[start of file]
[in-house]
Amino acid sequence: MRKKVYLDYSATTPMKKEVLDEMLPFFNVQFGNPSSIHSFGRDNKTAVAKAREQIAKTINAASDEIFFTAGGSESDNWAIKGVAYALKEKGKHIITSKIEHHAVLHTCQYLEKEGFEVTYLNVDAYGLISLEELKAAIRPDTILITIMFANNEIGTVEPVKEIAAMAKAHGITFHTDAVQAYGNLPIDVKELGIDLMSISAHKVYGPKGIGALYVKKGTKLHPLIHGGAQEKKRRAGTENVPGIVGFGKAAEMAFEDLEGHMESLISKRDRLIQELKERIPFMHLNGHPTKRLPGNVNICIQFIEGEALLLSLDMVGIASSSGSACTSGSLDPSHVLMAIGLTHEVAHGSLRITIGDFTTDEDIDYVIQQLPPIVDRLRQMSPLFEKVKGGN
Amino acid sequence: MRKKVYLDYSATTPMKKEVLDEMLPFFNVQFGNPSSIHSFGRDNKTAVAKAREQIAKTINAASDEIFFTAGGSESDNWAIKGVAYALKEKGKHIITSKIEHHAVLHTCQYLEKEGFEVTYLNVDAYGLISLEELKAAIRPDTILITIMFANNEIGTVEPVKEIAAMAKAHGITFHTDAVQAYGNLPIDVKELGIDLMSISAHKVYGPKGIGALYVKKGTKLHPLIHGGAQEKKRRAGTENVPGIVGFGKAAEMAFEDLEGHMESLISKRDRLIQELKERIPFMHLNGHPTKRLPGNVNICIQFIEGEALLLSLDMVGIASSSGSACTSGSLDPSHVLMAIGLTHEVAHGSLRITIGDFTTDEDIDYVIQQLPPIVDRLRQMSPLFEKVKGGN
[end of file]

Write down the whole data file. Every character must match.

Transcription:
[in-house]
Amino acid sequence: MRKKVYLDYSATTPMKKEVLDEMLPFFNVQFGNPSSIHSFGRDNKTAVAKAREQIAKTINAASDEIFFTAGGSESDNWAIKGVAYALKEKGKHIITSKIEHHAVLHTCQYLEKEGFEVTYLNVDAYGLISLEELKAAIRPDTILITIMFANNEIGTVEPVKEIAAMAKAHGITFHTDAVQAYGNLPIDVKELGIDLMSISAHKVYGPKGIGALYVKKGTKLHPLIHGGAQEKKRRAGTENVPGIVGFGKAAEMAFEDLEGHMESLISKRDRLIQELKERIPFMHLNGHPTKRLPGNVNICIQFIEGEALLLSLDMVGIASSSGSACTSGSLDPSHVLMAIGLTHEVAHGSLRITIGDFTTDEDIDYVIQQLPPIVDRLRQMSPLFEKVKGGN
Amino acid sequence: MRKKVYLDYSATTPMKKEVLDEMLPFFNVQFGNPSSIHSFGRDNKTAVAKAREQIAKTINAASDEIFFTAGGSESDNWAIKGVAYALKEKGKHIITSKIEHHAVLHTCQYLEKEGFEVTYLNVDAYGLISLEELKAAIRPDTILITIMFANNEIGTVEPVKEIAAMAKAHGITFHTDAVQAYGNLPIDVKELGIDLMSISAHKVYGPKGIGALYVKKGTKLHPLIHGGAQEKKRRAGTENVPGIVGFGKAAEMAFEDLEGHMESLISKRDRLIQELKERIPFMHLNGHPTKRLPGNVNICIQFIEGEALLLSLDMVGIASSSGSACTSGSLDPSHVLMAIGLTHEVAHGSLRITIGDFTTDEDIDYVIQQLPPIVDRLRQMSPLFEKVKGGN